Haploinsufficiency of Nkx2-5 clearly causes physiologic and anatomic conduction defects in the mouse, which can explain the pathogenesis of the human Nkx2-5 phenotype. The analysis of heterozygous Nkx2-5 knockout mice raised an additional issue regarding the regulation of Cx40 by Nkx2-5. Downregulation of Cx40 in Nkx2-5 mutation was considered a potential cause of the conduction defect based on two general observations. First, the Cx40 promoter contains Nkx2-5 binding sites, and in vitro transactivation assays show that Nkx2-5 can activate expression of a Cx40 promoter-reporter gene construct (Bruneau et al., 2001). Second, homozygous Cx40 knockout mice have first-degree atrioventricular block and prolonged AH and HV intervals (Tamaddon et al., 2000; VanderBrink et al., 2000).

Quantitative confocal immunohistochemisty revealed the same cellular expression levels of Cx40 in wild-type and Nkx2-5+/− Purkinje cells, however (Jay et al., 2004). No qualitative difference was discerned either in the AV node or His bundle of Cx40 and 45 expression. Thus, there are fewer cells in Nkx2-5+/− conduction system, and each cell has a normal amount of connexins. Half-normal levels of Nkx2-5 do not significantly affect the expression of Cx40. Subtle quantitative reductions of Cx40 might have escaped detection, but it could not have caused a conduction defect since heterozygous Cx40 knockout mice, which have half-normal protein levels, have normal conduction (Kirchhoff et al., 1998).

Two mouse models raise questions about the role of Nkx2-5 in the regulation of Cx40 expression outside the normal pathophysiologic range of transcription factor activity. Kasahara et al. (2001) reported the phenotype of a mouse that overexpressed a mutant Nkx2-5, I183P, which cannot bind DNA. The mice developed progressive atrioventricular block and showed concomitant downregulation of Cx40 and -43. Abnormal connexin expression likely contributed to the conduction defect, but one could not conclude whether it was a direct or indirect effect of the mutant transgene. In the MLC2V-Cre knockout of Nkx2-5, fewer Cx40 gap junction plaques were seen in images of the AV node and His bundle, but it was unclear whether the level of either Cx40 or Nkx2-5 was reduced in individual cells (Pashmforoush et al., 2004). These results highlight the difficulties of interpreting expression data in mutant animals even when in vitro transactivation assays suggest that a particular gene is a direct transcriptional target. Extrapolation of conclusions from overexpressing or complete knockout models to mechanistic models of heterozygous or haploinsufficient transcription factor mutant phenotypes can be similarly problematic.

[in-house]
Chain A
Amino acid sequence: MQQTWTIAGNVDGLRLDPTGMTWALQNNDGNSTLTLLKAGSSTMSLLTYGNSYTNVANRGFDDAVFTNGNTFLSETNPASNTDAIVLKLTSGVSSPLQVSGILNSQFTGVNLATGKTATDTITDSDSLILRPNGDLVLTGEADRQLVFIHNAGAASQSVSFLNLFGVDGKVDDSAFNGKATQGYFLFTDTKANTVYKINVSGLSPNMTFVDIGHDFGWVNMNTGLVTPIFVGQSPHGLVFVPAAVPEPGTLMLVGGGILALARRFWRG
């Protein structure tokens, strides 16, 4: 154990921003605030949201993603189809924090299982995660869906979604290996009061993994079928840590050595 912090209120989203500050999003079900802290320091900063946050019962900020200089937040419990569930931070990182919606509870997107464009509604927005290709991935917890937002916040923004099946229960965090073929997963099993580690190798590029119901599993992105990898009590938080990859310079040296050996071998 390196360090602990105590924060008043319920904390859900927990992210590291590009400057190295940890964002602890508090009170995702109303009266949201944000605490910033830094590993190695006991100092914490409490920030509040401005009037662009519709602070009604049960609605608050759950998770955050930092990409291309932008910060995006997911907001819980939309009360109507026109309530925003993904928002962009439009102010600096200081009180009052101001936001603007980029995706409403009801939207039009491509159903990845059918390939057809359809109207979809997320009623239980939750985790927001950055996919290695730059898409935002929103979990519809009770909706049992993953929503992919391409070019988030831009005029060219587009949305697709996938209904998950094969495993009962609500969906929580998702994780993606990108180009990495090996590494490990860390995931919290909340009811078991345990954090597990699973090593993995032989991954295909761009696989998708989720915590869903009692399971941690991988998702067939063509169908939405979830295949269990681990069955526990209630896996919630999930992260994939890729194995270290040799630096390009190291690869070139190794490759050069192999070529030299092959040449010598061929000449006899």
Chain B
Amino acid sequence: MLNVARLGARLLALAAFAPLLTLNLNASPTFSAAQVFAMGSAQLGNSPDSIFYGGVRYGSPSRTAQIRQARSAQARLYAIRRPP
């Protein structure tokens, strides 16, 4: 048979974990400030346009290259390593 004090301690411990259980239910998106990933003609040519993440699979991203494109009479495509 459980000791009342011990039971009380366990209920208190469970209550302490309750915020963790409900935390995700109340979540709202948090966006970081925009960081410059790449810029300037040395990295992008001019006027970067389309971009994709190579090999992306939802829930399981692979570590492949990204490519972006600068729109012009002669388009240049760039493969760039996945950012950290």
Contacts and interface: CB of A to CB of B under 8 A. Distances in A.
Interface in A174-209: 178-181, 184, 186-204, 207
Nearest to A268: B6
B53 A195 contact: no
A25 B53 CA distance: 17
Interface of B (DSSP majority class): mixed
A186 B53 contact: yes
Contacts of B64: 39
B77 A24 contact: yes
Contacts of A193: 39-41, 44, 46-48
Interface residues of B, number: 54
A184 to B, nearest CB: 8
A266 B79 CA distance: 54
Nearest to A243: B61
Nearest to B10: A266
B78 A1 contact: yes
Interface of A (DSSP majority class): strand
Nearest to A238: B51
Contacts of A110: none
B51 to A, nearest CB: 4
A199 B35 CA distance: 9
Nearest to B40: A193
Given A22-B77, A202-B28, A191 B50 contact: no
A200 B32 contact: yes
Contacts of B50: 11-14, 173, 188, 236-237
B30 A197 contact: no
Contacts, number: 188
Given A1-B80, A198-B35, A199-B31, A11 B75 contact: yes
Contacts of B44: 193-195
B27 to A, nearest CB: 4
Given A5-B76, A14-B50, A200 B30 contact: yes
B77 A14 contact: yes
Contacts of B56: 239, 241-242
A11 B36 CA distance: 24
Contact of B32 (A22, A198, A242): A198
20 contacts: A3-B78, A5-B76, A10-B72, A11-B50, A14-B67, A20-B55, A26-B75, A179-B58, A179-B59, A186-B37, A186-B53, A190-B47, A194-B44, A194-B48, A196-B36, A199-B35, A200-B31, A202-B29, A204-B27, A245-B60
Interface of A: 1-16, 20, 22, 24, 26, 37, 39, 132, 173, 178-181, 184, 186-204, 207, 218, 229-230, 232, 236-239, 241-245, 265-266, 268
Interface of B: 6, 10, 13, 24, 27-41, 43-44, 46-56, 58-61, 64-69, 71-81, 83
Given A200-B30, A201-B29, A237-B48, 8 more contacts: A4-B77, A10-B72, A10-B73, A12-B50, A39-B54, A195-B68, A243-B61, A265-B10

The anatomic and conduction defects associated with Nkx2-5 mutation are well described, but the precise mechanistic role of Nkx2-5 in the pathogenesis of any particular defect remains nebulous. The discovery that the number of cells in the conduction system is related to Nkx2-5 gene dosage yields an important clue. Based on current understanding of the development of the conduction system, four general mechanisms through which Nkx2-5 could act are theoretically possible. Since there is no significant proliferation once cells are recruited to the conduction system, the net reduction in conduction cells in Nkx2-5 mutant animals must result either from diminished recruitment or from increased loss.